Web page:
Two years ago today, I lost my father. He’d been fighting lung cancer for a year and though he fought hard, the cancer won, as it does too many times. He lived several states away, so I wasn’t there when he died. My last visit had been a couple of weeks prior, and I was making plans to go back for a longer visit. I wanted to be there for him, and my mother. She said he wouldn’t have wanted me to see him that way but I wish I could have. As hard as it is, there’s a small perfect beauty in that journey, in being a part of that moment. 

I guess everyone wants as much time as possible, and I’m no different. I wanted to hug him again, hold his hand again like I hadn’t since I was a child, tell him again and again that I love him. I didn’t care that he was thin, that he was struggling to walk and breathe, that he’d lost most of his hair. I know he cared; he wanted me to remember him the way he was. And I do. But I remember him sick too, because it was such a full time. He and I spoke more candidly and honestly during those months than we ever had. I felt free to hold his hand like I never did, because we both wanted that connection. 

So yes, I remember him sick and well. I remember him every way. I remember him every day. I miss him every day. It’s been a hard two years in many ways. It breaks my heart that there are so many things he doesn’t know, that he’ll never see. He would be happy that I quit my job to stay home with the kids, if for no other reason than because I’m happier. He would love that I sold my boring hybrid to buy a faster muscle car, and he’d want to drive it. He wouldn’t like the purple hair, but he’d grin and shrug and say, “If you like it, it’s okay with me.” He would love my new dog, and have so much fun playing with him. He would love to see how kind and thoughtful my teenage daughter is growing up. He would love to see my son, his namesake, wear his ties with pride.

But I have to find other small comforts. I love to imagine his dog, who died a few months ago, running up to him in the great sunny dog park in the sky. I cherish the dreams he appears in, remembering the almost tangible hugs I’ve gotten in them. I am so grateful that his illness brought our family close again, literally and figuratively, and I try to do for them what I think he would want to do himself if he could. I’m trying to live in a way that would make him proud. Thanks for showing me the way, Daddy.

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Treasures from the bookstore on Easter

I have very fond memories of Easters growing up. Of course we started with baskets, then we’d hunt for jelly beans hidden around the house. After we’d eaten our fill of candy, we’d go out to lunch (Annie’s Santa Fe was a popular choice) and visit a bookstore. For many years, we went to Borders in Overland Park. It was a half-hour drive but that was before we had a stand-alone bookstore any closer, so it was a real treat. It was marvelous to spend the afternoon wandering among the aisles, and I always found way more books than I was allowed to buy.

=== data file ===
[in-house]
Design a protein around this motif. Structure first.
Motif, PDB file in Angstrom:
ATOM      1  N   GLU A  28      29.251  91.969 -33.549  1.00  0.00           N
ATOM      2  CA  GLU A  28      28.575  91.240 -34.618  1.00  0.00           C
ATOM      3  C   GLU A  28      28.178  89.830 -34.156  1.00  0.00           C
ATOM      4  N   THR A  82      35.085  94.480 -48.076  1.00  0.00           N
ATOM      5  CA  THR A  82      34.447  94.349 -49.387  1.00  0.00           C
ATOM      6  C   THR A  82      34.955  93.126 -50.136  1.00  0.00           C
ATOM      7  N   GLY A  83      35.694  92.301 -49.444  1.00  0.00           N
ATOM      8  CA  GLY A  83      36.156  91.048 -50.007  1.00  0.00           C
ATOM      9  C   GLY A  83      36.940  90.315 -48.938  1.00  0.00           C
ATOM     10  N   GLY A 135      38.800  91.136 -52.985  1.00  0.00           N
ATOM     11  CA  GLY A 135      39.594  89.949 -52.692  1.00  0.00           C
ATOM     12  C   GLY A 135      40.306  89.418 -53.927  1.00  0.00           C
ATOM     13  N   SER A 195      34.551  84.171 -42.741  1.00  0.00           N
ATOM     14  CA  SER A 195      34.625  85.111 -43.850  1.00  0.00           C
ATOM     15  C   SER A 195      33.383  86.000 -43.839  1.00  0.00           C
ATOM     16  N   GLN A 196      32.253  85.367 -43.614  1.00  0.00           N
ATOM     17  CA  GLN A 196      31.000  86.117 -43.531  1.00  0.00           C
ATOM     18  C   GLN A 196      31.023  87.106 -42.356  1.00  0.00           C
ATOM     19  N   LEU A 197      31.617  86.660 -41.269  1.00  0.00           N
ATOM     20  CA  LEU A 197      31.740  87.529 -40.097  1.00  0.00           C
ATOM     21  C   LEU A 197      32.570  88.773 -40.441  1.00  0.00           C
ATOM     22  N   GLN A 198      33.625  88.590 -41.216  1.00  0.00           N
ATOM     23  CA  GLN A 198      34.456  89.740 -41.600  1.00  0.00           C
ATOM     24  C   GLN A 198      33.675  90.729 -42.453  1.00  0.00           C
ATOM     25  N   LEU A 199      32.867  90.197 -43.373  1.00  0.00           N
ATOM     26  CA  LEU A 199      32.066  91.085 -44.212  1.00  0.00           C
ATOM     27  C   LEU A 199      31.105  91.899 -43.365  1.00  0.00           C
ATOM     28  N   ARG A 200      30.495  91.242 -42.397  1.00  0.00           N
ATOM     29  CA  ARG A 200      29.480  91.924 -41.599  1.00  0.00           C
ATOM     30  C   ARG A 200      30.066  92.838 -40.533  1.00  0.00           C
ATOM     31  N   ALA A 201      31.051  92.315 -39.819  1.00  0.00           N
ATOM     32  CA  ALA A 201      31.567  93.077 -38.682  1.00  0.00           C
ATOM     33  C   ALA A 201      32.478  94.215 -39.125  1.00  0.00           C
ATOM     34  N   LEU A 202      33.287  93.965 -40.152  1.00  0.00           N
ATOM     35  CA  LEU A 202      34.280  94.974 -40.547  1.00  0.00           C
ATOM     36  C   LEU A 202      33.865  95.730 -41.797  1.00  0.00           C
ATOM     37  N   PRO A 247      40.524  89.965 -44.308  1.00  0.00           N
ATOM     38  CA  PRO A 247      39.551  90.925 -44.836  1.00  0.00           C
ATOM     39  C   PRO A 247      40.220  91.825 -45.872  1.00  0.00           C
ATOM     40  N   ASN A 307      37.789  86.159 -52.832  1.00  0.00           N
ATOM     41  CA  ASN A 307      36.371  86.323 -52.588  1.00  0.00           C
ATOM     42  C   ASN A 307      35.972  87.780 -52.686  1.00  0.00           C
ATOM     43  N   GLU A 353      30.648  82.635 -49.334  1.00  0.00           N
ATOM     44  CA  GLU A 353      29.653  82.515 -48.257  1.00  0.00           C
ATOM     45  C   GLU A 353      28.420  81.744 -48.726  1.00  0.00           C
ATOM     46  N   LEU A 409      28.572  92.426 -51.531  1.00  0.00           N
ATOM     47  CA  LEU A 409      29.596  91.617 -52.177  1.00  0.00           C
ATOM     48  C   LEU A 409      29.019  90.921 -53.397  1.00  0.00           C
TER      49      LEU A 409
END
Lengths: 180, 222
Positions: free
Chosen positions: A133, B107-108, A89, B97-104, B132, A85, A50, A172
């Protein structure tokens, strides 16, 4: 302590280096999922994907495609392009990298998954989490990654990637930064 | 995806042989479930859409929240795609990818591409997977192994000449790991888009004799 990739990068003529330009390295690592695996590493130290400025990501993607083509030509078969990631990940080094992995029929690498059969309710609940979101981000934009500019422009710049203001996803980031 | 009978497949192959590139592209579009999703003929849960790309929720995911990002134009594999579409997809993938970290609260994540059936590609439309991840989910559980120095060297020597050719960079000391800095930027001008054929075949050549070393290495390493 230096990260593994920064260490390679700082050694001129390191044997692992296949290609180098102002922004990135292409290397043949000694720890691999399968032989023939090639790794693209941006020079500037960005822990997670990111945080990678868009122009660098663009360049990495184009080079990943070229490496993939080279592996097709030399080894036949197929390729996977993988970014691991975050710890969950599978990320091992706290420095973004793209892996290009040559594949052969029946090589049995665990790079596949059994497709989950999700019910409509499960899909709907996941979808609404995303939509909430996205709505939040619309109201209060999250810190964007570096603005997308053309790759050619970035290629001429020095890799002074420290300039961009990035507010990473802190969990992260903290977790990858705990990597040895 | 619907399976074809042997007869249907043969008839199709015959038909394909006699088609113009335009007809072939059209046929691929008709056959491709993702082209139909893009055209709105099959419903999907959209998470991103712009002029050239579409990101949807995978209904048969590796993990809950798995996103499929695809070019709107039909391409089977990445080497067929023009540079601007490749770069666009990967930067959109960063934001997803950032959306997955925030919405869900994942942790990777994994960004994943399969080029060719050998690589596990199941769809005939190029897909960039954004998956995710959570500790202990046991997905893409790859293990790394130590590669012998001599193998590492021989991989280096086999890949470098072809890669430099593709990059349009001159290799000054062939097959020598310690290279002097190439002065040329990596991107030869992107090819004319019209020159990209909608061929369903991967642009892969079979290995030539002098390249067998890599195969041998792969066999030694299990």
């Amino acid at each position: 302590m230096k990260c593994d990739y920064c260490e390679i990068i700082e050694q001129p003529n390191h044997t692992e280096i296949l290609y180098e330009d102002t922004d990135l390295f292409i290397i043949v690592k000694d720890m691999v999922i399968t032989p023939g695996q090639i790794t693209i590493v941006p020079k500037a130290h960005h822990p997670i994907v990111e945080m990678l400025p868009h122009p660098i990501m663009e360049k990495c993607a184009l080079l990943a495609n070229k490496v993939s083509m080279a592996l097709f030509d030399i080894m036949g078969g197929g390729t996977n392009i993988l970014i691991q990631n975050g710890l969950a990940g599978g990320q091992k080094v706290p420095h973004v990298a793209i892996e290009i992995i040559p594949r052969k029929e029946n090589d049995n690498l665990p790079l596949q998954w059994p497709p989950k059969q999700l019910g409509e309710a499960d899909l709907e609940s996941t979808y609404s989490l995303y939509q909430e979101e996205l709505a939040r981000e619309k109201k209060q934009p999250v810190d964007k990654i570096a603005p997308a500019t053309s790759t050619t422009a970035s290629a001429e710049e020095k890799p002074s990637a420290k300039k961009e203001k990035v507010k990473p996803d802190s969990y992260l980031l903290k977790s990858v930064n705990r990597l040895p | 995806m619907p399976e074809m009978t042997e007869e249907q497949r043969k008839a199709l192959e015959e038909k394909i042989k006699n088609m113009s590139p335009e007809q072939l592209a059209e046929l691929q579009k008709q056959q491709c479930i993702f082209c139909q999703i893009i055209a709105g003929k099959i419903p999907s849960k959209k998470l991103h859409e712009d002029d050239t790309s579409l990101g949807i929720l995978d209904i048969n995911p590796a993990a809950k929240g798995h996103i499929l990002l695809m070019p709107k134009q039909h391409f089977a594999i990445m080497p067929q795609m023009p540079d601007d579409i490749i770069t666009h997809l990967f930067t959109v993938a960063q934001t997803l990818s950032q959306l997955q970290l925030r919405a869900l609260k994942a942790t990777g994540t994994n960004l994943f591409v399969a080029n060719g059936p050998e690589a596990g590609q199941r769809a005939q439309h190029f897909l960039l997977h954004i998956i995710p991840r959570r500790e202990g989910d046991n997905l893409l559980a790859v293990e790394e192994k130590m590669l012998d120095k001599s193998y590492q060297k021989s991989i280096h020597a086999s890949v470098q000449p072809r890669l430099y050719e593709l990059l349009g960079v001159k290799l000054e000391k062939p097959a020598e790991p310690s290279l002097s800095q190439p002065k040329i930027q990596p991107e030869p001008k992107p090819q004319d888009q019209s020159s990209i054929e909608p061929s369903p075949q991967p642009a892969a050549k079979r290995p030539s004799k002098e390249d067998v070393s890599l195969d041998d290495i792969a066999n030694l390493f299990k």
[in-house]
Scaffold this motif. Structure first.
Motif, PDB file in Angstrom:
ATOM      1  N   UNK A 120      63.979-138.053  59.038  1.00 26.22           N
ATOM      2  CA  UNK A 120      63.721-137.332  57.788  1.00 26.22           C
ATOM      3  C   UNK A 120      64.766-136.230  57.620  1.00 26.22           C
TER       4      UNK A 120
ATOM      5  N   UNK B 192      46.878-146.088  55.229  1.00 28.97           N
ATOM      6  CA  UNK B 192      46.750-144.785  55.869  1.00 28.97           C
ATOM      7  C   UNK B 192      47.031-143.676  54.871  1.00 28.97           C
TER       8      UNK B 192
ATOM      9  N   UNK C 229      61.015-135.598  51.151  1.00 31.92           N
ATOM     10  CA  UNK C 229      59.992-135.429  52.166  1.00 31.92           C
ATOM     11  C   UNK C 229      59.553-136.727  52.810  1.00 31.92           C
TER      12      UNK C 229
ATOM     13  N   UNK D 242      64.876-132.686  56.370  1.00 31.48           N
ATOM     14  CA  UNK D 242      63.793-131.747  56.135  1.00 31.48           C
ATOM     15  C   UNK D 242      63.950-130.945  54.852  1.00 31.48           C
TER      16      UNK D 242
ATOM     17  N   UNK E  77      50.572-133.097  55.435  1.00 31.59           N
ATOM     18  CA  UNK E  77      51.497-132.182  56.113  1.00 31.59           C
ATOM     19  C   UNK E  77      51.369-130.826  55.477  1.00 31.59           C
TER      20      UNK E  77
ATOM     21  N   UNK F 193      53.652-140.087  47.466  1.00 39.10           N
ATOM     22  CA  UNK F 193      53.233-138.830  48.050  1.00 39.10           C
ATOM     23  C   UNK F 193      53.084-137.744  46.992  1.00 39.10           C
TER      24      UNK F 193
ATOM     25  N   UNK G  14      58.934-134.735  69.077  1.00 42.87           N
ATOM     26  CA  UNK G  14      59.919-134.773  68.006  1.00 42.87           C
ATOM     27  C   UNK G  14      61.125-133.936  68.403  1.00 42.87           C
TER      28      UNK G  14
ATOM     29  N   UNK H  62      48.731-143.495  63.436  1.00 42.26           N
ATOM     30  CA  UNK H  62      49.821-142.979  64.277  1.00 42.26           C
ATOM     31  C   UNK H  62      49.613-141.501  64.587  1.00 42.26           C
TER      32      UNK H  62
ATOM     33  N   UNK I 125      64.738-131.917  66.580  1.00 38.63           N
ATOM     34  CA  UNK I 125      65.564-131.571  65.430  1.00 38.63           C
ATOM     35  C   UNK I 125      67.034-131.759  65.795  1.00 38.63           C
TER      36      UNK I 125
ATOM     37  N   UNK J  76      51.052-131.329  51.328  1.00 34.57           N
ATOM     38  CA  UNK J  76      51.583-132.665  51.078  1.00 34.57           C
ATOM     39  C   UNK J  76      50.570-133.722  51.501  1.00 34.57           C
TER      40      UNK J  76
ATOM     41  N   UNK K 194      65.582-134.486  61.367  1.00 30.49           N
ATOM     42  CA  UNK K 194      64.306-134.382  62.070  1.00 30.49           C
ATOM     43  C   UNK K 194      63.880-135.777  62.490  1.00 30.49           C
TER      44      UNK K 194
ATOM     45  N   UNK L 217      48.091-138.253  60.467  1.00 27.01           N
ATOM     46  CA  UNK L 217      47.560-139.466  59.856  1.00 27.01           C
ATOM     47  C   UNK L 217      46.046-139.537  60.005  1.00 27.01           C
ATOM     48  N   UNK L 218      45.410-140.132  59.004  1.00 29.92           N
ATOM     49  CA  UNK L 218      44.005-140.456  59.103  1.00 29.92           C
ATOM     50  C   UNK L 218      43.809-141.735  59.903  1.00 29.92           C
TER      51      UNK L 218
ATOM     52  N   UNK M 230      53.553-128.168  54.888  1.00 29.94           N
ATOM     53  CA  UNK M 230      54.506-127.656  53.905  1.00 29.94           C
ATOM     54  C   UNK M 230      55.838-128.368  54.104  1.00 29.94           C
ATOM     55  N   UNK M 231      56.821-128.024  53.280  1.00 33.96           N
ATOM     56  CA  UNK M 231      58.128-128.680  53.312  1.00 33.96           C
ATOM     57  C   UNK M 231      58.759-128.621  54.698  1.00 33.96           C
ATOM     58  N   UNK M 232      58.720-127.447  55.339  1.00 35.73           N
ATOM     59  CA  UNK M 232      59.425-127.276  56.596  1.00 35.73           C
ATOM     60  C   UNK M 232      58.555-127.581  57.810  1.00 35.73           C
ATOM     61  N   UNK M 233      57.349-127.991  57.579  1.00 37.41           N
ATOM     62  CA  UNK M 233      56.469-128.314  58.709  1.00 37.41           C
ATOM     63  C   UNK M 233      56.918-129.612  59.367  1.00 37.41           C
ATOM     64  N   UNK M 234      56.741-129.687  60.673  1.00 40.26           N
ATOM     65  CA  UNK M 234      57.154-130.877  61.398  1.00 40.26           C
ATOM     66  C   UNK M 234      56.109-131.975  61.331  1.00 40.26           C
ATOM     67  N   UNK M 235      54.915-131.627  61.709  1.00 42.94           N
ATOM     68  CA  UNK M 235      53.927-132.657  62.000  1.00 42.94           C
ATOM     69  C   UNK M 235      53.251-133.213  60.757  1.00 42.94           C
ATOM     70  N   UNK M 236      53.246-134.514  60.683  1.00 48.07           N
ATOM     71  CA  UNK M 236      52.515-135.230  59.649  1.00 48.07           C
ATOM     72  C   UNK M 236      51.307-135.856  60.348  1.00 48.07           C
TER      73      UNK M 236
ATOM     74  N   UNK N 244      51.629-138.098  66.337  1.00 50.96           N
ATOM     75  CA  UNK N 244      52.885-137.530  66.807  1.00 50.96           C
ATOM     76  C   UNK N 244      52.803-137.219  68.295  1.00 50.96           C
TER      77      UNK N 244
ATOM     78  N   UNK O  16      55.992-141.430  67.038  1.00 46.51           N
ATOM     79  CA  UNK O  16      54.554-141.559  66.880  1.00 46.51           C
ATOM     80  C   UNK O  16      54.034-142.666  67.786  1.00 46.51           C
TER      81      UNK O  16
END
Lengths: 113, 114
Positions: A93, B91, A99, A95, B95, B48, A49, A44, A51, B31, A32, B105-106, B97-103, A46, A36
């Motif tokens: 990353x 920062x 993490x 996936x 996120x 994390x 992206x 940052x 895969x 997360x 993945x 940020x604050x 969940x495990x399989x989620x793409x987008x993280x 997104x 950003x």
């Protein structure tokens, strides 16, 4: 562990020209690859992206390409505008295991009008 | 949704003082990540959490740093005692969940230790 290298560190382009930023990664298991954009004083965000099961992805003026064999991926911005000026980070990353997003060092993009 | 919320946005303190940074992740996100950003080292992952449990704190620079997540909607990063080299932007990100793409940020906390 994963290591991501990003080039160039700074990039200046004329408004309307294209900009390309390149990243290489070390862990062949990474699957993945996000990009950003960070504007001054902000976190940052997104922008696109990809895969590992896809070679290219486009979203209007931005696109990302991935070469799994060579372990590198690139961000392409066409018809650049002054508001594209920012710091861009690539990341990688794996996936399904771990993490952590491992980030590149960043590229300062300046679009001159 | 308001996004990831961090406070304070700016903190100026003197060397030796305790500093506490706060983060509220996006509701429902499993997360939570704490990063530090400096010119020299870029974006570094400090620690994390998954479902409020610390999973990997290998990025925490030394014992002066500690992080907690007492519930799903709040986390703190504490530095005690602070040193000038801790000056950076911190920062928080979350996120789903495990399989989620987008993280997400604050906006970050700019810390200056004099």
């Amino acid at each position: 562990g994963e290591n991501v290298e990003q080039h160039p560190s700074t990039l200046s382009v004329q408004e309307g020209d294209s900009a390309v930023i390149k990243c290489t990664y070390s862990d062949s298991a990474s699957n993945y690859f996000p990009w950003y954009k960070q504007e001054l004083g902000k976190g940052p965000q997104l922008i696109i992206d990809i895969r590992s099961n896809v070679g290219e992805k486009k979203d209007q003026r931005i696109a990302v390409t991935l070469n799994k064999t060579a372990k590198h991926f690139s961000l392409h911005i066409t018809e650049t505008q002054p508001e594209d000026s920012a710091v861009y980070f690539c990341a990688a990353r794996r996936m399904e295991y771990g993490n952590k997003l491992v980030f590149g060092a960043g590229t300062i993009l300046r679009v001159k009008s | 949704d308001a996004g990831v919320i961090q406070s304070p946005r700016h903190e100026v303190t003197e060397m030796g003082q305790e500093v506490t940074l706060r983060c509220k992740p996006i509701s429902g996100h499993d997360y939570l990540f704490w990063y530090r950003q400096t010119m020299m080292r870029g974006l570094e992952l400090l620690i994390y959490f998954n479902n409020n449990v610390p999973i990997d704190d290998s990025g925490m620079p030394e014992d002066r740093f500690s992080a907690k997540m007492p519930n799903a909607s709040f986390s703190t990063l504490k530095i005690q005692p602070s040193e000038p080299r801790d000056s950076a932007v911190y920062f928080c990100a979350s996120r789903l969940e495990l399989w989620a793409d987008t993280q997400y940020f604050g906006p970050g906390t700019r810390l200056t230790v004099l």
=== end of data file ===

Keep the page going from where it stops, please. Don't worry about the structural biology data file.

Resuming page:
This year, we resurrected the tradition, albeit with a few changes. My kids are 14 and 10, and the 14yo can’t have jelly beans because of her braces, so we couldn’t do the jelly bean hunt. We also have a new dog who eats a lot of…everything, so I didn’t want to hide anything chocolate and risk it getting eaten by the dog. So in lieu of a candy hunt, we went to visit books. Obviously Borders is gone now (sad panda) so our new favorite is Half Price Books. We just got one in our city recently and we’re loving it! We packed up a small basket with books to sell and set off.

And I’m so glad we did because I scored big time! I found these in the clearance DVD section for $2 each:

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That was just the beginning. As I browsed the fiction section, this was the first book to catch my eye, and yes, it’s a first edition with dust jacket:

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You may remember the title: it’s the book that my dog Max ate a few days ago. I’m so happy I found a replacement. I guess I have to forgive Max now.

But my favorite find of the day was from the clearance fiction section. Jodi Picoult is another of my favorites, and I found a first edition with jacket of Mercy. It’s her fourth book, before she became quite the superstar she is now, so it’s harder to find. It’s a really nice copy, too. And it was only TWO DOLLARS! I love finding treasures like that. It’s one of three I didn’t have, and though it’s not my favorite of hers, I’m a completist. I want to have the full set.

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I wasn’t the only who scored. The girl found three books, the boy found a Big Nate book, and the hubby found a couple of jazz CDs. Good haul all around. And all that shopping made us hungry, so we completed the tradition with lunch out. It was a fun day. I think we may have to do it again next year.

This cut is the deepest

When Max unrolled and ate the toilet paper, I laughed. When he destroyed toy after toy after toy, I smiled, cleaned up the mess and bought new toys. When he chewed up two of my Twilight figurines, I sighed and but again laughed at the sight of headless Bella. When he chewed into my yarn bag and ate part of my shawl, I kept my calm, swept up the mess and moved all knitting and crochet stuff out of his reach. But what we came home to tonight was the worst.